A healthy and well-balanced nutrition is an essential part of any workout program. Depending on the specific nutritional and energetic requirements before and after a workout session, there are certain types of foods that may help one achieve maximum results. Before talking about specific food choices, gaining a basic knowledge of metabolic processes that take place before and after a workout may help one approach his or her diet choice more effectively.
Increased Carbohydrate Deposits in Muscles Before the Workout Session will Help Achieve Maximum Results
The muscles require energy for their contraction. Muscle endurance and strength are directly dependent upon the amount of energy that is available in the muscle fiber. If energetic deposits are insufficient, muscle fatigue sets in and prevents one from reaching his or her maximum potential during the workout session. The main source of energy for muscles is glycogen, which is a complex carbohydrate that consists of long chains of sugar molecules connected to each other. During the workout, glycogen is broken into individual sugar molecules, which are burned to provide adequate amounts of energy to supply muscle contraction. The main goal before a workout is thus replenishing the muscle glycogen deposits for more muscle endurance and less fatigue.
How Does This Translate into a Pre-Workout Food Choice?
The main focus before a workout is to eat foods that are rich in complex carbohydrates, which will significantly increase your muscle glycogen deposits. Another important goal is an increased liquid intake because dehydration is a common problem during prolonged workout sessions. Valuable complex carbohydrates foods include whole-grain cereals, nuts and seeds. Unlike simple sugar that is absorbed instantly in the blood and exhausts the pancreatic insulin deposits, these foods provide slow-release carbohydrates that are absorbed gradually and supply a steady source of energy for your muscles. Fruits and vegetables are also a great source of natural carbohydrates, and they additionally contain high amounts of water for proper muscle hydration. It is not recommended to eat high-fat, high-protein foods like meat, cheese and eggs before a workout because these require substantial energy and effort for digestion, which will divert the blood to the digestive system away from your muscles, and will impair your performance.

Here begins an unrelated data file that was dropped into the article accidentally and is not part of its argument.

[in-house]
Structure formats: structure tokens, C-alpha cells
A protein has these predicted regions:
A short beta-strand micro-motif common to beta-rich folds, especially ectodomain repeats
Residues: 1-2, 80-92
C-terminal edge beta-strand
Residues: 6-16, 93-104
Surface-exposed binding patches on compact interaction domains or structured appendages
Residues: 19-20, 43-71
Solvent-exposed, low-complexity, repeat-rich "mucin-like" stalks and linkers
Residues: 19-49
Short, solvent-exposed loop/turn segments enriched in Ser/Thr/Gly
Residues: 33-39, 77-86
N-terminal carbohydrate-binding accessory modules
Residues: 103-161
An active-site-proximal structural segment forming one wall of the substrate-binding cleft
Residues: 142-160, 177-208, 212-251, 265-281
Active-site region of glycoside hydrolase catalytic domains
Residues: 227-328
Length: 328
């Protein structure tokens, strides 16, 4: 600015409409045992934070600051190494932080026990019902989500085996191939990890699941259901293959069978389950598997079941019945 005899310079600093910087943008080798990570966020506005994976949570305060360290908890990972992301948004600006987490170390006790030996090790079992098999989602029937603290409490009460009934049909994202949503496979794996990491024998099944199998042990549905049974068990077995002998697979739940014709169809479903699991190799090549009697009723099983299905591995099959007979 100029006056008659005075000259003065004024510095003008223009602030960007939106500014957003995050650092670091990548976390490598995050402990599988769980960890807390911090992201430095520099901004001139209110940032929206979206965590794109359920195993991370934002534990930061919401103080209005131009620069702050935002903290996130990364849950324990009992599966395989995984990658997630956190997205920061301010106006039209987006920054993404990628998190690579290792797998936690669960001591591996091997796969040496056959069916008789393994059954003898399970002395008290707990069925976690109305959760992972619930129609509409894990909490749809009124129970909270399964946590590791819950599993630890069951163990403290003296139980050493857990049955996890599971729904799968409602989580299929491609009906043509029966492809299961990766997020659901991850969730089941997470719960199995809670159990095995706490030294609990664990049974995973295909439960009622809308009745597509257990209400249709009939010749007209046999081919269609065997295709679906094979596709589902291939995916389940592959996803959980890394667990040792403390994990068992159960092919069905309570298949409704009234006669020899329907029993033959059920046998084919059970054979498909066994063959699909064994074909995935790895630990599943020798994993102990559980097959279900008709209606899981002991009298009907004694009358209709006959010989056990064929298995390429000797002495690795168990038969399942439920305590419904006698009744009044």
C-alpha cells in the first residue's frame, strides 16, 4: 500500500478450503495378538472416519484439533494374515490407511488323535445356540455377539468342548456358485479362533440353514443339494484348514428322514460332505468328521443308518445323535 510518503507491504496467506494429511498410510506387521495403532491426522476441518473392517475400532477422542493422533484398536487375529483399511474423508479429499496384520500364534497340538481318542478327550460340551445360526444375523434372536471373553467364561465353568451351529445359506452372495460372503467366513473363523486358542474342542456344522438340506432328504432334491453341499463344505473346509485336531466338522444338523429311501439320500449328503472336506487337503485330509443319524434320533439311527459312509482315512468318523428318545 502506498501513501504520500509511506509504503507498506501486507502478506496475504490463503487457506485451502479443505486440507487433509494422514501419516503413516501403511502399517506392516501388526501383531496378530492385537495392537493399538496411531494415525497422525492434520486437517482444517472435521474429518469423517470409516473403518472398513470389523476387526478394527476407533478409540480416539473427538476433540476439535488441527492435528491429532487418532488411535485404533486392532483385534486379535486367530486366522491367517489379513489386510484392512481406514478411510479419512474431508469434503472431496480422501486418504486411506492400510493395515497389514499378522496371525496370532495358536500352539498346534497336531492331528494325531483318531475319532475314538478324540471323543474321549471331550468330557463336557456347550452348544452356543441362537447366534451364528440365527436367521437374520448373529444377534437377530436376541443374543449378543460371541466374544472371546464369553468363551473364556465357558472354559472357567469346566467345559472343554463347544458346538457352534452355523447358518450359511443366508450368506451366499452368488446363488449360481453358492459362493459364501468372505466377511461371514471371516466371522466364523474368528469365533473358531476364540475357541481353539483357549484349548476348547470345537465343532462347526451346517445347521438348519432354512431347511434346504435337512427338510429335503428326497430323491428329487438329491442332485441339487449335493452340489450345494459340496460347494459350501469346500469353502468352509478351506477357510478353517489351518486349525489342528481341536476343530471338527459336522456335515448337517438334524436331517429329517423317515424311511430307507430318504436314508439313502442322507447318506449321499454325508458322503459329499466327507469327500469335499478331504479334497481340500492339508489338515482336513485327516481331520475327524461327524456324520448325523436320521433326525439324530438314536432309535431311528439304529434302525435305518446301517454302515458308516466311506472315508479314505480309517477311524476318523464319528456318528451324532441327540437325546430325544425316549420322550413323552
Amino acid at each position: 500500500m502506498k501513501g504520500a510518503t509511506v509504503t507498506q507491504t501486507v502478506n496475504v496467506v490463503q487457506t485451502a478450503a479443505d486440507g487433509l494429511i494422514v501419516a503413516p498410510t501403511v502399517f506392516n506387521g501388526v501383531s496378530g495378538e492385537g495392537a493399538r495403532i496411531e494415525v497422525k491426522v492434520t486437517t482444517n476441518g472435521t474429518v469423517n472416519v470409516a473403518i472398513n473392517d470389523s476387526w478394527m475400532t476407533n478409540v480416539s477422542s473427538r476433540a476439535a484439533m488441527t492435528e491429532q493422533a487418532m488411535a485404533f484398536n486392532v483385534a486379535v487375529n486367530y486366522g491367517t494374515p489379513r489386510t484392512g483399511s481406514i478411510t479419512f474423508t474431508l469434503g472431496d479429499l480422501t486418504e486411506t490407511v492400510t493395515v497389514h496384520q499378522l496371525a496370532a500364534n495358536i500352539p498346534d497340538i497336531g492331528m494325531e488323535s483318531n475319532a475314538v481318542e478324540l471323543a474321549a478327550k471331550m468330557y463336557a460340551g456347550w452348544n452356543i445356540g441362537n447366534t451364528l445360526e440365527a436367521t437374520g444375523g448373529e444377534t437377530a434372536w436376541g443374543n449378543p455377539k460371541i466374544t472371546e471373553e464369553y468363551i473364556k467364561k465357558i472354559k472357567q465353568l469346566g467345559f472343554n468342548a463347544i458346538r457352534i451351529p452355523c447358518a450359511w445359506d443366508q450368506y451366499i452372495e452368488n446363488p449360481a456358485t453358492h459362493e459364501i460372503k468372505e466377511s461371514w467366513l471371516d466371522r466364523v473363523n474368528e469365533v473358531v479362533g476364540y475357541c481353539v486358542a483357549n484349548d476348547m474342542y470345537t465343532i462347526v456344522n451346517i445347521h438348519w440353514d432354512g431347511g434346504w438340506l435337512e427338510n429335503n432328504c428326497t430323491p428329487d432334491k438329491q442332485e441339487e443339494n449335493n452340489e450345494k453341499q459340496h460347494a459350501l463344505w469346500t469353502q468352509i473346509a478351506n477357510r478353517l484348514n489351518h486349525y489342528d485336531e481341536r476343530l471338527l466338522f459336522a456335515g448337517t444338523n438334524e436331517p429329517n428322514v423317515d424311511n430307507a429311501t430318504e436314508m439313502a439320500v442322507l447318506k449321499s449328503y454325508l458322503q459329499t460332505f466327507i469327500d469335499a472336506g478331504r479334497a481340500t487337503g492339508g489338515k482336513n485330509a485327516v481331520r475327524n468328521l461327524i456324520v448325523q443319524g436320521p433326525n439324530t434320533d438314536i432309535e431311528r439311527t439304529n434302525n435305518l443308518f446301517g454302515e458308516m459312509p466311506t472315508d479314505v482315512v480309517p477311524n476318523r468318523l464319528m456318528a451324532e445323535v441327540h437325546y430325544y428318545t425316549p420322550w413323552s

A High Intake of Proteins is Required after a Workout to Speed-up Muscle Repair Processes
The nutritional requirements may change after your workout session. After prolonged exertion, your muscles need to repair themselves and produce new muscle proteins. Also, several enzymes that take part in the energetic muscle metabolism need to be produced. Translated into a specific diet, it means increasing the protein intake for proper muscle repair and growth. Although proper carbohydrate intake is also necessary during this stage, protein requirements need to be addressed first, otherwise the muscles may not recover properly, which will affect your future performance. However, many high-protein foods also have a high amount of cholesterol. Fish, lean meat, soy, low-fat milk, low-fat cheese and nuts are great sources of protein and are also low in fat. Eggs are also a great source of proteins, however the eggs yolk has plenty of fat and cholesterol. If you are concerned about your fat intake and cholesterol levels, you can separate the egg whites, which have plenty of protein but are low in fat, and use them to make your omelet.
A guest post contributed on behalf of Bingostreet Free Bingo by Samantha Harvey.